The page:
My husband sent me this video the other day. He has this thing where if he is crying at work he needs me to be crying at work too. I think we are both feeling acutely the passage of time these days. Our oldest is finishing his first year of high school and our baby went on his first sleepover this past weekend without his beloved Beary (a stuffed bear; we aren’t very creative). I’ve been up late at night worrying how I’m going to find time to promote Bless This Mess as we ramp up to launch in August. How will I keep up with my regular job, patients who need me, paperwork and scheduling, without sacrificing some of the little time it feels I have left with my kids?
Then Rachel Held Evans died on Saturday. We didn’t know her but we knew her words and her wisdom. Molly got to hear her speak at a conference less than a month ago. Rachel was one of our top five people we were “really really hoping will love our book!” Her name remains on the list to receive an early copy. No one seems to want to take it off, to acknowledge that her voice is really gone from this world. I know that feeling of wanting to rewind time in the wake of trauma and loss. I can only imagine how those who knew and loved her are feeling.
I also know from both personal and professional experience what it is for a child to lose a parent too soon. I am so so sad for Rachel’s children, who won’t know her smile or embrace when they need it. Who in many ways won’t even know what they are missing. I also know something about the ways it will probably shape their becoming. How it will make them vulnerable in places and strong in others. I’ve seen it many times before in many different children. They are amazing. They are the reason I give when people ask me how I do what I do for a living, how I sit with kids in pain and suffering. I do it for a very selfish reason. It makes me less afraid to see how strong and resilient kids are.
As a parent, I am most devastated for Rachel. That she won’t get the chance to be there for her children’s Becoming. It seems so wrong and so unfair. It makes me miss my kids who are right in front of me, knowing they won’t and can’t stay exactly who they are right now. We can’t pause time anymore than we can rewind it. Buddhism teaches us that this moment has already passed. Mindfulness isn’t so much being in the “now” as it is recognizing that the now is fleeting and noticing what is happening to and around us. The best we can do as parents is notice and love our children in this moment, even (maybe especially) when it’s hard. And try to not worry too much about what might happen next. That’s the message of Bless This Mess. To be a good enough parent is to be good enough for the kid you have right now. Remember, for better and for worse, it’s fleeting.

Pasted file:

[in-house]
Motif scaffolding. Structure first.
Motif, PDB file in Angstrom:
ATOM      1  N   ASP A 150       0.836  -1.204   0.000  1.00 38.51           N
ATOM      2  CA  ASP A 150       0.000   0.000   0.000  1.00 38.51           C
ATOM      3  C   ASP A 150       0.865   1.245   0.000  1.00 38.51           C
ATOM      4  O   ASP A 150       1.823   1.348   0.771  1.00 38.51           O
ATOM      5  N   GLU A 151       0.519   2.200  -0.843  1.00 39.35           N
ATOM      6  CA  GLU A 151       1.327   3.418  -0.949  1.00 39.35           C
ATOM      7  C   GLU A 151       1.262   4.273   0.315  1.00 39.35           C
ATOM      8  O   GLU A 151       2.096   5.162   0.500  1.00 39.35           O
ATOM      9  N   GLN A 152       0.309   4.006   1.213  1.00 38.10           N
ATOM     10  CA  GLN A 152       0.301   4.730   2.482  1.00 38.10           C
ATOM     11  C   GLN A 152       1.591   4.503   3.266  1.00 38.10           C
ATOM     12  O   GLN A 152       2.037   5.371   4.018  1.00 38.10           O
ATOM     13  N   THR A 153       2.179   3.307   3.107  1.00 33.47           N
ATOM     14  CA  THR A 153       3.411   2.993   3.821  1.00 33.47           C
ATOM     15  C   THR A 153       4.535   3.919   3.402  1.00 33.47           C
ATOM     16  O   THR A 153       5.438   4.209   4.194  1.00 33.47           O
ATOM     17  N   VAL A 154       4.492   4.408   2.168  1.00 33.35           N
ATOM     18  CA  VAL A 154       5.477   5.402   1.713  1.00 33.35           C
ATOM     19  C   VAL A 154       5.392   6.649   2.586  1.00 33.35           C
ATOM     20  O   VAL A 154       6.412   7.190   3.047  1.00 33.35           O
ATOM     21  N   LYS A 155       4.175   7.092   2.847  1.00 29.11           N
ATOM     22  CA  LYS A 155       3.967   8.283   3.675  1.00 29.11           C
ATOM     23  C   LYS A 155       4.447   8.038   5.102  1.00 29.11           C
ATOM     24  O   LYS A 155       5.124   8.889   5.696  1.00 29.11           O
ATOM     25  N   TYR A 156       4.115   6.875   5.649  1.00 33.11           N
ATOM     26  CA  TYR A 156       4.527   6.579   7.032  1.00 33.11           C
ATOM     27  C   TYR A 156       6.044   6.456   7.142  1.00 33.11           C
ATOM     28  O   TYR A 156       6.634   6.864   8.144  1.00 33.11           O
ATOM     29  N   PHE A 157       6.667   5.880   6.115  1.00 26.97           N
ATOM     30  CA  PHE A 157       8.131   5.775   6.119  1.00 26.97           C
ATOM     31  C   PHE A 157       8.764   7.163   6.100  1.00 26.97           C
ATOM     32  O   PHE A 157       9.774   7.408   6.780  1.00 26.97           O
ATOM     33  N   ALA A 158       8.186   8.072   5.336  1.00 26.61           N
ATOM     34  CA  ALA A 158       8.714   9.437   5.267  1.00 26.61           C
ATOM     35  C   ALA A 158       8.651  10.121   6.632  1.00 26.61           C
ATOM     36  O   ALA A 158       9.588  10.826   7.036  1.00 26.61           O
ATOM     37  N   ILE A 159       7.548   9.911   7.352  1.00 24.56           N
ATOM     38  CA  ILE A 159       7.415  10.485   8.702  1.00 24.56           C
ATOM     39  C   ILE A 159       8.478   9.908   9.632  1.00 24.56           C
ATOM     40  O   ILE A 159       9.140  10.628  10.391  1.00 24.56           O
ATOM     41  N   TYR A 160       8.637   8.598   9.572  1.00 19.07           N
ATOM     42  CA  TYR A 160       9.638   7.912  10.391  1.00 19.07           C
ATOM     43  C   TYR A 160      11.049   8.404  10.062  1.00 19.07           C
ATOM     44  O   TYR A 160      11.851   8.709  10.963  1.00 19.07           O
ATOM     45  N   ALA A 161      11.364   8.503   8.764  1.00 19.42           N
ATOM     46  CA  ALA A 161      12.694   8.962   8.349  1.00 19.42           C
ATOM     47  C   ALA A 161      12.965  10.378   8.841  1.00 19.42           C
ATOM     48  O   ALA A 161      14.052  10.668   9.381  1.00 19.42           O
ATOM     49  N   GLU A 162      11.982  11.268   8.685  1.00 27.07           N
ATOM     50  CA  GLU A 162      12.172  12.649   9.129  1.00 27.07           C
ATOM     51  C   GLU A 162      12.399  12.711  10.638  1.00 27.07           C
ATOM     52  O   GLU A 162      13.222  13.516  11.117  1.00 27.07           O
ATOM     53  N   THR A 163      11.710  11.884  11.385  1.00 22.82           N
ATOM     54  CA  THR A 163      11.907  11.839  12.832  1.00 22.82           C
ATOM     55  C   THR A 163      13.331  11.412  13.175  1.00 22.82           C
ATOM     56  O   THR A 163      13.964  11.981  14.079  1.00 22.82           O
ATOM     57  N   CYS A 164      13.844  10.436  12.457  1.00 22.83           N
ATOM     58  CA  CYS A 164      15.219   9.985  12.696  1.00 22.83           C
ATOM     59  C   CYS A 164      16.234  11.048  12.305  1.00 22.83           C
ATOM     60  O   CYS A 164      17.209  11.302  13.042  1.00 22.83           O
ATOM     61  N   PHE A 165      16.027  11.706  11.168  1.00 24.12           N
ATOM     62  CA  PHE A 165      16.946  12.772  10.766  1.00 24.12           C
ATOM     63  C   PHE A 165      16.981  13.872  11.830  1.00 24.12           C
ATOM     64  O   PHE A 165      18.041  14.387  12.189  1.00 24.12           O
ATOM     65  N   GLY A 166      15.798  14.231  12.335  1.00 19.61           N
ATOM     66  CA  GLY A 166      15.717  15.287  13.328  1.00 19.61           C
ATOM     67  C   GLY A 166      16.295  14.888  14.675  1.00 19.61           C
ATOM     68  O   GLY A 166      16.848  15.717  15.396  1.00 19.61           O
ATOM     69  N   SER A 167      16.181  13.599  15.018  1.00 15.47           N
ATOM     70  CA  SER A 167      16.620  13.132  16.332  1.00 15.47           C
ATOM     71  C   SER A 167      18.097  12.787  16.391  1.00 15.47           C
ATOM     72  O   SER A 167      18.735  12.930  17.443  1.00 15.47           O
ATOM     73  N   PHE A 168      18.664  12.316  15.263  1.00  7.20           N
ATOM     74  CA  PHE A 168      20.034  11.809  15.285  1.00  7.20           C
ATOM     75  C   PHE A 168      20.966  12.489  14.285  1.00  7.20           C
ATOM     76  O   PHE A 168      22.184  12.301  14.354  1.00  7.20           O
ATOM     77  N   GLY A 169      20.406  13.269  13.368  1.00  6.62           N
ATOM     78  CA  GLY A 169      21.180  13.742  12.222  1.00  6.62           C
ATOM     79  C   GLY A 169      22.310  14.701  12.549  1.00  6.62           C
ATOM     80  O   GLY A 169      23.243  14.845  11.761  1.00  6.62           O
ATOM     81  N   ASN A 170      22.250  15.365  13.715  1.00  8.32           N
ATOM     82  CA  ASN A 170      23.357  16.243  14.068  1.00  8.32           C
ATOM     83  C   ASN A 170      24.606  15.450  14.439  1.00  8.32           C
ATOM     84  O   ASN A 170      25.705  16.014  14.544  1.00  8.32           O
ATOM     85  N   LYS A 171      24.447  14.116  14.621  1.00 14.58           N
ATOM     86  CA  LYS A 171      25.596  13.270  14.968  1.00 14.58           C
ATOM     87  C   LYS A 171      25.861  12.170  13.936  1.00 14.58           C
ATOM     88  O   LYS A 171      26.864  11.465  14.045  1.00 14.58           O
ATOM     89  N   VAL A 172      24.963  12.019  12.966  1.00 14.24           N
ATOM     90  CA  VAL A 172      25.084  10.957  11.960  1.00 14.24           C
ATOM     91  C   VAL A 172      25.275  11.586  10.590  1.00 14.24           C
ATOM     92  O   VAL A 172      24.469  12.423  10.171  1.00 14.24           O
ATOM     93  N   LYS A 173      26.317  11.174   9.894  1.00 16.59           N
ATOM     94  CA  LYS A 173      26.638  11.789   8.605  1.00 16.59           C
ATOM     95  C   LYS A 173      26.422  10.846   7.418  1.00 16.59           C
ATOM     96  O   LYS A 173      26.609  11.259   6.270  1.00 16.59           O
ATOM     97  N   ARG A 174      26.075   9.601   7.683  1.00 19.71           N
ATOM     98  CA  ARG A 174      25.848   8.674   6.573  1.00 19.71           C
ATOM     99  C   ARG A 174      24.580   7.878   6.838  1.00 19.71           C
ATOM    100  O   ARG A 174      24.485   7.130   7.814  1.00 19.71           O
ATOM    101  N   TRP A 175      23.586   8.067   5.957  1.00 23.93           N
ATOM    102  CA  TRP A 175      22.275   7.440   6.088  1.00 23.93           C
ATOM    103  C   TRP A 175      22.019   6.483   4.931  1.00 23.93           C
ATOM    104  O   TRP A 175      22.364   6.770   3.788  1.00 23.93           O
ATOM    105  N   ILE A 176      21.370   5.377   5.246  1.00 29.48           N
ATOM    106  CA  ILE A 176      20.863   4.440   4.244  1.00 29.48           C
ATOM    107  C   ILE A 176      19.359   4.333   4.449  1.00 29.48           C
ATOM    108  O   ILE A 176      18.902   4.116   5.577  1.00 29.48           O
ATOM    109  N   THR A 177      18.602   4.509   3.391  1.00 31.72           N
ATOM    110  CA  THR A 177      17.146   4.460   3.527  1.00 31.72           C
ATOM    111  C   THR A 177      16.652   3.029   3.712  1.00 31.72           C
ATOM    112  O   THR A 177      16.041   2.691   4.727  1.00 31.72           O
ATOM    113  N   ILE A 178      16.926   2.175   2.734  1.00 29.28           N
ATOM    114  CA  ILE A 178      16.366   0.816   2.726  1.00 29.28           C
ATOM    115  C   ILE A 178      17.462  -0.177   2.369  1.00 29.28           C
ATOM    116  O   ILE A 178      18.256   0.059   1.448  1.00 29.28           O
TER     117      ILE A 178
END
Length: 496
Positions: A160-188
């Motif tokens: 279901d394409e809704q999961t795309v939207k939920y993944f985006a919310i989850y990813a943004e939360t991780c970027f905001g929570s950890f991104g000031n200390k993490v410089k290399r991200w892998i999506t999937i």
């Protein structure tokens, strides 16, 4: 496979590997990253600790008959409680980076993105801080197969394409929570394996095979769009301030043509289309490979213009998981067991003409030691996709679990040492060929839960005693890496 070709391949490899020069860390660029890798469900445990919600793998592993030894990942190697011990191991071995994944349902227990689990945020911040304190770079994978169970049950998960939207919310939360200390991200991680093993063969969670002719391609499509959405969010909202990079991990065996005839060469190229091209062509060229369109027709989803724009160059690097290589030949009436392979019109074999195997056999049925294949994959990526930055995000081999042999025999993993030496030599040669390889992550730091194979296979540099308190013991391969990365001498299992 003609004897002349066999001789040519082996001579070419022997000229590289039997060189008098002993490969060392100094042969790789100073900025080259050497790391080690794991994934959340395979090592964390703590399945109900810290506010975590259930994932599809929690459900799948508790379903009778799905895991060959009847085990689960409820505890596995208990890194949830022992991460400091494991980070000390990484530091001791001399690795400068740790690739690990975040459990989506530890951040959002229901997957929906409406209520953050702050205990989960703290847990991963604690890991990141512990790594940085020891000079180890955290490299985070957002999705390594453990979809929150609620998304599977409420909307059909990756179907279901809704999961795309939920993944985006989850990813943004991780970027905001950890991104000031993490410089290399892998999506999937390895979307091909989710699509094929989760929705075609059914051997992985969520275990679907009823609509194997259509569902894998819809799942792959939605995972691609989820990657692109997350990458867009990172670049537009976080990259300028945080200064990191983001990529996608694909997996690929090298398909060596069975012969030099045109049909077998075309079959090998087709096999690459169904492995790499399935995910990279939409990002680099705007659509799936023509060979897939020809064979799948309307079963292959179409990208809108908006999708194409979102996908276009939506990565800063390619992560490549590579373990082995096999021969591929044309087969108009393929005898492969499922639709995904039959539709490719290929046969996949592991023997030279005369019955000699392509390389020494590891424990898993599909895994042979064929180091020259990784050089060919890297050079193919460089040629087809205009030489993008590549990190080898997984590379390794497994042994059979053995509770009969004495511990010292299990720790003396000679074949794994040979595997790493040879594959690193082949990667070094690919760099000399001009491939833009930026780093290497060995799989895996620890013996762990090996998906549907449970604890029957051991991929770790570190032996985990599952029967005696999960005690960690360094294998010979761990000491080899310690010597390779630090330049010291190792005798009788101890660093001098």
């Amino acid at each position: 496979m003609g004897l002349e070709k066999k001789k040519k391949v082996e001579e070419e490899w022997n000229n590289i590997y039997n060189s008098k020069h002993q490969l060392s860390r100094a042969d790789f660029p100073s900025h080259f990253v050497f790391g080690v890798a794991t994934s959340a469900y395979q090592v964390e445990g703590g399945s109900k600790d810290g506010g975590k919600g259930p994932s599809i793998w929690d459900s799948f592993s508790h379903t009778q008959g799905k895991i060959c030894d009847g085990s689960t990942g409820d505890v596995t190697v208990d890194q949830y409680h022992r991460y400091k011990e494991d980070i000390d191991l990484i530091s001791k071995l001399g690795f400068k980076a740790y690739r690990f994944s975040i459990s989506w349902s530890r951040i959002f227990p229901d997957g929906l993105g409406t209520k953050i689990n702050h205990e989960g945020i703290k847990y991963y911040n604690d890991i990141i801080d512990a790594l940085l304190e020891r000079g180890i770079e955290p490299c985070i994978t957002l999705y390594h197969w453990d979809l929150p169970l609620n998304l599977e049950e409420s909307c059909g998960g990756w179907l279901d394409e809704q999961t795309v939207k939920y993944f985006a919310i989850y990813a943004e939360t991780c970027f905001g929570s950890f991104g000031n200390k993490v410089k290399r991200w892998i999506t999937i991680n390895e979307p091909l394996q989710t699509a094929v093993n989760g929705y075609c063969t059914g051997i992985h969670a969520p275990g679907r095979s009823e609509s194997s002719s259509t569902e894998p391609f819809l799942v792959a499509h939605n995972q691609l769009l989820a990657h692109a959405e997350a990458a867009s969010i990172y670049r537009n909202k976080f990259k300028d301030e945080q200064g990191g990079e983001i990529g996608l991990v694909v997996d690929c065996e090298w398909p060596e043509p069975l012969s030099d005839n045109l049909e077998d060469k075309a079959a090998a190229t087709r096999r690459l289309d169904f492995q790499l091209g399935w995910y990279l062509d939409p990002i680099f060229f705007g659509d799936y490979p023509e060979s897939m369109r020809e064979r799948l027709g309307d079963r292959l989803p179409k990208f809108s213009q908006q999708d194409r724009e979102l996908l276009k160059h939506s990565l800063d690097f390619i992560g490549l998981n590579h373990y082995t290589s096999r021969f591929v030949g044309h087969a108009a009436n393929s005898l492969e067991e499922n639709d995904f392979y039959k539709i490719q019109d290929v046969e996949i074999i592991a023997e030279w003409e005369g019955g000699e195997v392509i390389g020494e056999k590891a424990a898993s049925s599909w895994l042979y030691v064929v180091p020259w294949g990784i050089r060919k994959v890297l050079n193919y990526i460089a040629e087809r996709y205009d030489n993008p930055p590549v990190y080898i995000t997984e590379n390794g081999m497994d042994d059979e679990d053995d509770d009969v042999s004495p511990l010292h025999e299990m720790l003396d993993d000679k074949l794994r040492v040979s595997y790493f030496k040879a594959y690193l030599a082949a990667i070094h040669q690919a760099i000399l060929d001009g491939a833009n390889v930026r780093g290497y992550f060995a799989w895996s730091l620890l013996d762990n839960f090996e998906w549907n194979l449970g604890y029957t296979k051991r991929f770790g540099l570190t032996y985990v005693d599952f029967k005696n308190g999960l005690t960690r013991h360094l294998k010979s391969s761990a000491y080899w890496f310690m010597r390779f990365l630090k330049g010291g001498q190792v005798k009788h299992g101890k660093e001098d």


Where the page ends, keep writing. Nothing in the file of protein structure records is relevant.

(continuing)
One of the best pieces of advice I’ve gotten as a working mom is that my career will be much longer than the time I have my kids at home with me. This helps me to put off to tomorrow what can wait and to focus on what can’t. I try hard not to beat myself up too much when this means a phone call goes unreturned or a bill unpaid, or when I have to turn down writing a grant or paper, going to a conference, or being on an exciting project. One of the other best pieces of advice I’ve gotten was when I told my graduate school advisor I was pregnant with Luke, half way between my Masters and my PhD. I was so worried she would think I was making a mistake. But her response was pure joy and a reminder, “There’s never a good time.” I would add to that, “There is only this time.”
We hope that Bless This Mess will help parents live that out. There’s never a good time or a perfect child and you will never be perfect either. You don’t have to be. You just have to be good enough for today, for the child you have right now. Because you are all still Becoming and we never really know how much time we will have to become.
This doesn’t mean you have to love or savor every moment. As Glennon Doyle so aptly put it years ago, parenting happens in Kairos time. It’s not all joy all the time, not by a long shot. But as Glennon says, “It’s worth the hard.” Or as Molly and I say, “If it’s hard, you’re probably doing it right.”
Once, when Luke was about three, I had to take him for bloodwork in the lab downstairs from his pediatrician. He knew what we were there for and was alternating between full on meltdown and deftly trying to escape altogether. The only other person in the waiting room was an elderly man reading the New York Times. I thought for sure he must be so annoyed. Just when I was having to physically wrestle and restrain Luke to keep him there, wondering if we should just screw it and come back another day, the man folded down the corner of his paper, looked me in the eyes and said, “You’re a really good mom.” I may have broken down in tears along with Luke.
Now, when I think back on that day, I remember how smart and savvy Luke was. We laugh when I tell the story about the point when he seemed to calm down and looked at me very seriously and told me, “Mama, I just have to go out to the car to get something.” And then he bolted. That man in the waiting room didn’t tell me to savor the moment because it would be gone too soon. Instead, he gave me the confidence I needed to stick out the hard so that now, more than 10 years later, the funny and the good of who my child was in that moment is what I remember most.
Today, I’m going to try to live in Kairos time, and remember that none of us knows how long ours will last. And if I see a parent struggling in the now, I’m going to remind them they are a good mom or dad.